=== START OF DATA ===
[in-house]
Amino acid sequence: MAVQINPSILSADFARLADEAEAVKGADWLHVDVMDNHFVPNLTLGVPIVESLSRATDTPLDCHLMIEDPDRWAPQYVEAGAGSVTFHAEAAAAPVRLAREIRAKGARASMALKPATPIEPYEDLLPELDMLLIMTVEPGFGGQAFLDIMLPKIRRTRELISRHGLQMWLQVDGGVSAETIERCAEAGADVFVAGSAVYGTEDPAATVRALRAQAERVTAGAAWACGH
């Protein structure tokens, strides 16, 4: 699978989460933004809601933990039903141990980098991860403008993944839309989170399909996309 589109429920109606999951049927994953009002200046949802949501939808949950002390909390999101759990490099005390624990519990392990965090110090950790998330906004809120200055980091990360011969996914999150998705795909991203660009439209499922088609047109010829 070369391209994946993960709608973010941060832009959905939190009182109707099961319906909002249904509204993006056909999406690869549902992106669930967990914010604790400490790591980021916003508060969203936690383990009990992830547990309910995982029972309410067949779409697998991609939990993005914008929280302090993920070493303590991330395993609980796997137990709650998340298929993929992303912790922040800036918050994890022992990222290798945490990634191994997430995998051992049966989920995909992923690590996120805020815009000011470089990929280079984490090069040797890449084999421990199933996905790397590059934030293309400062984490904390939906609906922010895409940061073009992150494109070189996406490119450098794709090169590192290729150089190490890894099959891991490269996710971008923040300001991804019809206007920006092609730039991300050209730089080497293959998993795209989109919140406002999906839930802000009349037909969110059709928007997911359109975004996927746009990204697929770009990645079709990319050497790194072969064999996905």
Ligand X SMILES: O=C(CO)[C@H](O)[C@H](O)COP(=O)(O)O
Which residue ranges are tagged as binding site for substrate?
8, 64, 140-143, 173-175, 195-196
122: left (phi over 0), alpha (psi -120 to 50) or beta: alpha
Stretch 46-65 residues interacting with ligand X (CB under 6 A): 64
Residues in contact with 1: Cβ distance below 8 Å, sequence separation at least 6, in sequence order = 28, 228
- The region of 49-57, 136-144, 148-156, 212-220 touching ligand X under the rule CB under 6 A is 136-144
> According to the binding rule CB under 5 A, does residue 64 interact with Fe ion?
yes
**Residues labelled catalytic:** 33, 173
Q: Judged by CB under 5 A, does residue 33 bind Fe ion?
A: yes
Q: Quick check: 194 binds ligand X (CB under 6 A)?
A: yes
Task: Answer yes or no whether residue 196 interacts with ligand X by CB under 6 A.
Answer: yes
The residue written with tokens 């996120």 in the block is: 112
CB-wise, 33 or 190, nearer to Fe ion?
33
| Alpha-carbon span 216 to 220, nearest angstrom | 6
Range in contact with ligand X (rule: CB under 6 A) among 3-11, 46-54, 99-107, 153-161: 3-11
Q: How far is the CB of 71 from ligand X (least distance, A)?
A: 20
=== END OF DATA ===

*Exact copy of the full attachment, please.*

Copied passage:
[in-house]
Amino acid sequence: MAVQINPSILSADFARLADEAEAVKGADWLHVDVMDNHFVPNLTLGVPIVESLSRATDTPLDCHLMIEDPDRWAPQYVEAGAGSVTFHAEAAAAPVRLAREIRAKGARASMALKPATPIEPYEDLLPELDMLLIMTVEPGFGGQAFLDIMLPKIRRTRELISRHGLQMWLQVDGGVSAETIERCAEAGADVFVAGSAVYGTEDPAATVRALRAQAERVTAGAAWACGH
């Protein structure tokens, strides 16, 4: 699978989460933004809601933990039903141990980098991860403008993944839309989170399909996309 589109429920109606999951049927994953009002200046949802949501939808949950002390909390999101759990490099005390624990519990392990965090110090950790998330906004809120200055980091990360011969996914999150998705795909991203660009439209499922088609047109010829 070369391209994946993960709608973010941060832009959905939190009182109707099961319906909002249904509204993006056909999406690869549902992106669930967990914010604790400490790591980021916003508060969203936690383990009990992830547990309910995982029972309410067949779409697998991609939990993005914008929280302090993920070493303590991330395993609980796997137990709650998340298929993929992303912790922040800036918050994890022992990222290798945490990634191994997430995998051992049966989920995909992923690590996120805020815009000011470089990929280079984490090069040797890449084999421990199933996905790397590059934030293309400062984490904390939906609906922010895409940061073009992150494109070189996406490119450098794709090169590192290729150089190490890894099959891991490269996710971008923040300001991804019809206007920006092609730039991300050209730089080497293959998993795209989109919140406002999906839930802000009349037909969110059709928007997911359109975004996927746009990204697929770009990645079709990319050497790194072969064999996905």
Ligand X SMILES: O=C(CO)[C@H](O)[C@H](O)COP(=O)(O)O
Which residue ranges are tagged as binding site for substrate?
8, 64, 140-143, 173-175, 195-196
122: left (phi over 0), alpha (psi -120 to 50) or beta: alpha
Stretch 46-65 residues interacting with ligand X (CB under 6 A): 64
Residues in contact with 1: Cβ distance below 8 Å, sequence separation at least 6, in sequence order = 28, 228
- The region of 49-57, 136-144, 148-156, 212-220 touching ligand X under the rule CB under 6 A is 136-144
> According to the binding rule CB under 5 A, does residue 64 interact with Fe ion?
yes
**Residues labelled catalytic:** 33, 173
Q: Judged by CB under 5 A, does residue 33 bind Fe ion?
A: yes
Q: Quick check: 194 binds ligand X (CB under 6 A)?
A: yes
Task: Answer yes or no whether residue 196 interacts with ligand X by CB under 6 A.
Answer: yes
The residue written with tokens 């996120």 in the block is: 112
CB-wise, 33 or 190, nearer to Fe ion?
33
| Alpha-carbon span 216 to 220, nearest angstrom | 6
Range in contact with ligand X (rule: CB under 6 A) among 3-11, 46-54, 99-107, 153-161: 3-11
Q: How far is the CB of 71 from ligand X (least distance, A)?
A: 20